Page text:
Greenlee County was the other county that I explored a lot of in addition to Gila County. Pinal County did take up some trips in 2017's early going, but that was to explore some new locations as well as get to 200 or more in Pinal. Like Gila County, I became obsessed with Greenlee County also. Greenlee is the second smallest county in Arizona by size, but it has the least amount of people for human population. It is also by far the most under-birded county in Arizona by a landslide. Numbers are just over 260 species for the county list by what I was able to find. In 2017, I made 4 trips to Greenlee County, with 3 of them being hardcore birding trips. I wanted to make many more trips, but Greenlee County is a very far drive for me. Those trips were made possible by Gordon Karre, Caleb Strand, and Joshua Smith. In those trips, I recorded 196 species in Greenlee County in 2017, and it brought my overall Greenlee list to an even 200 species and it was the 9th county in Arizona I have reached 200 or more in. Greenlee has Chihuahuan desert scrub at 3500' to spruce, fir, and pine forests at 9400'. It's a diverse county that is very under-birded, and then there has probably been a lot of it that has never been birded. That is why I love Greenlee County. Highlights of birds found in my parties on the 4 trips included Wood Duck, Montezuma Quail, Mississippi Kite, Northern Goshawk, Gray Hawk, hundreds of Sandhill Cranes, Downy Woodpecker, American Three-toed Woodpecker, Dusky-capped Flycatcher, Eastern Bluebird, the county's first Yellow-eyed Junco found by Caleb Strand, Golden-crowned Sparrow, White-throated Sparrow, Swamp Sparrow, and Rose-breasted Grosbeak.
I enjoyed Greenlee County so much that I decided to write a guide on Birding in Greenlee County on my website. Check it out: Birding in Greenlee County
The best encounter in Greenlee County was one that was unexpected. One that I never thought would happen the way it did. At Seep Spring Canyon in February, Caleb Strand, Joshua Smith, and I were walking through the woods and were about to cross a creek. At that time, we were all joking around, carrying on, and Caleb (The Boy) was screaming and yelling as he was crossing the creek. He turned around and was screaming something, when I looked just past Caleb to see a Northern Goshawk sitting there. That's right, it was just sitting there. The three of us enjoyed this bird at point blank range for more than just a minute, it was like ten to fifteen minutes. And the Goshawk just sat there.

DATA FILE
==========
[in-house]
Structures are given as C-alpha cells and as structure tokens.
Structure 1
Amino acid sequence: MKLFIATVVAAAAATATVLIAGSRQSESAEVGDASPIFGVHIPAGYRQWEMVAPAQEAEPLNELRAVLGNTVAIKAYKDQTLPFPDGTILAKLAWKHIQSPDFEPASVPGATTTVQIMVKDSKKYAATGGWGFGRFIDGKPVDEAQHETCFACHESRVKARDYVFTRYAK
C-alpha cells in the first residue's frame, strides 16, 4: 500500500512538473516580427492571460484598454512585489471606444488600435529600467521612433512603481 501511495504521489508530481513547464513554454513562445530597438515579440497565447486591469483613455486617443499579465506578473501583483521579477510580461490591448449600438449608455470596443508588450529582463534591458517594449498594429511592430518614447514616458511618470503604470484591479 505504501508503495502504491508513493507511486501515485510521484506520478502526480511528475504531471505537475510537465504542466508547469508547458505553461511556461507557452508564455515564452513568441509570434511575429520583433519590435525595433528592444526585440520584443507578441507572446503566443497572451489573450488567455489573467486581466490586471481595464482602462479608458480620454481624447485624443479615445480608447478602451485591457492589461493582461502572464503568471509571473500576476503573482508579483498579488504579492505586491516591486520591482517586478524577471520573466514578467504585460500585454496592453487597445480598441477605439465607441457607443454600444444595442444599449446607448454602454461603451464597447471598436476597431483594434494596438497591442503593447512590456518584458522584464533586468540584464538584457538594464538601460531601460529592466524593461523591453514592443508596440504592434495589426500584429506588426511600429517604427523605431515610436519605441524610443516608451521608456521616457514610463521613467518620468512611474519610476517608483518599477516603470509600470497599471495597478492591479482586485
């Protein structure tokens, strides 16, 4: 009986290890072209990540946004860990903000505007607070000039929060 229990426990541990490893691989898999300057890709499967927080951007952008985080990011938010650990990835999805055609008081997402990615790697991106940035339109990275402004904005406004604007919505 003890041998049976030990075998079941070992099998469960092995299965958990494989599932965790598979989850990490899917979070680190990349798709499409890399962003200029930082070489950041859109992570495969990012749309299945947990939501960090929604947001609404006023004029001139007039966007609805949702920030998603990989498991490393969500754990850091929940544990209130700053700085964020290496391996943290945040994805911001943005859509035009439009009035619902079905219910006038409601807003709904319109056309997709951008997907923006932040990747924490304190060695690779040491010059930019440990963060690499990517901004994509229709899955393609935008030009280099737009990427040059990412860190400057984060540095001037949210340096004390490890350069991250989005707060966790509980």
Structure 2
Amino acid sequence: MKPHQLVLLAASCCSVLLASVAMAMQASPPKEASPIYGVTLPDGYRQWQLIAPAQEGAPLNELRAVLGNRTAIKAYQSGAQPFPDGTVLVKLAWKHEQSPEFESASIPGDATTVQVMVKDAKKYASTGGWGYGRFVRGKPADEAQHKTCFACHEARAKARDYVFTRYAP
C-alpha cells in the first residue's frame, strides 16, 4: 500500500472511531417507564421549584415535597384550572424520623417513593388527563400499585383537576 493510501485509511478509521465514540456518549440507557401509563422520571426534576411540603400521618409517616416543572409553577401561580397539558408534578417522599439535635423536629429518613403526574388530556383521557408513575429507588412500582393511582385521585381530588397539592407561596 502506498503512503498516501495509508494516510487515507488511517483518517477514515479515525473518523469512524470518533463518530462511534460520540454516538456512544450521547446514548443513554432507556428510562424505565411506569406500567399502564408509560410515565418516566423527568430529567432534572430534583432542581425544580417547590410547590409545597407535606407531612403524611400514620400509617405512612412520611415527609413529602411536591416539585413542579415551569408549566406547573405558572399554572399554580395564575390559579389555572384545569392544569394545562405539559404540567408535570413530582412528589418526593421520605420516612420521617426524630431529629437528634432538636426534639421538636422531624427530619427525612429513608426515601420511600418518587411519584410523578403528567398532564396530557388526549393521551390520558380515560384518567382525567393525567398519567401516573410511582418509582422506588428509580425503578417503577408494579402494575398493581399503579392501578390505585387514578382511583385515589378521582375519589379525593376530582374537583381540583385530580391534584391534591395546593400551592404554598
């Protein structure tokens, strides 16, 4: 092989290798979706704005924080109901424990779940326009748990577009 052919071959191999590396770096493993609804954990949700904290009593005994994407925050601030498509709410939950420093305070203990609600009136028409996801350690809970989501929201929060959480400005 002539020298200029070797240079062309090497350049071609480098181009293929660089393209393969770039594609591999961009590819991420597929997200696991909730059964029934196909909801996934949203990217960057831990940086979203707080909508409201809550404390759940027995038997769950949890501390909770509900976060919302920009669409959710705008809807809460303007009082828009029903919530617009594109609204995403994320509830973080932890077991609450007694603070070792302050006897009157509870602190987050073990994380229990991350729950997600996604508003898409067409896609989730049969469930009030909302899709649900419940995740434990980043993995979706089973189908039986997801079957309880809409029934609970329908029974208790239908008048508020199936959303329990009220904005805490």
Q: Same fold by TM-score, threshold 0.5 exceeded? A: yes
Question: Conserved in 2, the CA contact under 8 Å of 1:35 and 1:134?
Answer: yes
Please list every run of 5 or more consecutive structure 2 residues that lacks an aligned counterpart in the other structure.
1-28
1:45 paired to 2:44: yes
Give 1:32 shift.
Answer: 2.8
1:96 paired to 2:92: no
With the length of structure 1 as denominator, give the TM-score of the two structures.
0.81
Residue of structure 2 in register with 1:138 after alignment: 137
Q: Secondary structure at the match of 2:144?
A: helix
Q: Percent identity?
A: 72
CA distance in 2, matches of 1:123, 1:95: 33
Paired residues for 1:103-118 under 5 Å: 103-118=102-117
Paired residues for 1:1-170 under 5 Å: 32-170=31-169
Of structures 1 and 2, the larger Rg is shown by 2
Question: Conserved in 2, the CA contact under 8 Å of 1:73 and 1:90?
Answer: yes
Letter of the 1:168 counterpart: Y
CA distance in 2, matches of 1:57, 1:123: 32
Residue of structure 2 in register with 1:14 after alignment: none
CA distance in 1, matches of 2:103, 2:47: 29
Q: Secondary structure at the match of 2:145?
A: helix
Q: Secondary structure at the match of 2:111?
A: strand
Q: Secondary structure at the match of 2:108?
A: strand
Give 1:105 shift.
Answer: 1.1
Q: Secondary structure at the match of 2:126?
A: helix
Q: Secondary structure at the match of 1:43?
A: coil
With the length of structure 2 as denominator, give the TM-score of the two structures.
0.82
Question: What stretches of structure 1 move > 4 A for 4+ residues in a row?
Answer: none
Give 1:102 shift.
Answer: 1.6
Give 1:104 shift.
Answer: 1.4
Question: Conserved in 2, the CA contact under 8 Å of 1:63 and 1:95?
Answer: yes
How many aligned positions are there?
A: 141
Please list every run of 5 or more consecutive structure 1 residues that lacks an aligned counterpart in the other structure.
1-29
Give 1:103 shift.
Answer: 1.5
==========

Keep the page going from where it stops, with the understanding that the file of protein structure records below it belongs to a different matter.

The Northern Goshawk has a reputation of being a fierce, elusive, and always awesome. For that reason, it is my favorite bird. It is a hard bird to find, and it's every birds worst nightmare. This Gos was very kind to us. It left it's perch after the show but then went close by to another perch. We thought it wouldn't act this fearless of us again, but we were wrong. I never thought I'd get in a picture (aka selfie) with a Northern Goshawk. It must be a Greenlee County thing....
Arizona lifers gained
In 2017, I got to get 9 additions to my overall Arizona list. Those nine species were White Wagtail, Common Crane, Golden-winged Warbler, Rose-throated Becard, Yellow-throated Vireo, Royal Tern, Prairie Warbler, Blackburnian Warbler, and Brant. My Arizona list now stands at 450 species.
Something cool to be a part of
The Birds of Phoenix and Maricopa County, Arizona. Third edition. By Janet Witzeman and Troy Corman with Birding Areas by Tommy DeBardeleben and Laurie Nessel. It was an honor to be a contributing author with these awesome people who I look up to!
Glendale Recharge Ponds additions
The Glendale Recharge Ponds are what I consider to be my patch. A birder's patch is the location that is closest to them or the one they visit most often. That location has always been the Glendale Recharge Ponds for me. It is a great "patch" to have! I added 15 species to my location list for Glendale Recharge Ponds, and they were Reddish Egret, Common Gallinule, Cactus Wren, Northern Waterthrush, Brown-crested Flycatcher, Hooded Oriole, Blackpoll Warbler, Hermit Warbler, Yellow-breasted Chat, Red-breasted Nuthatch, Sage Thrasher, Virginia's Warbler, Brant, Cackling Goose, and Tundra Swan to bring my Glendale total to 226 species. The best bird was the Brant by a mile. A Blackpoll Warbler, a personal find by me, was also very fun. I hope continue adding new birds to my patch in 2018.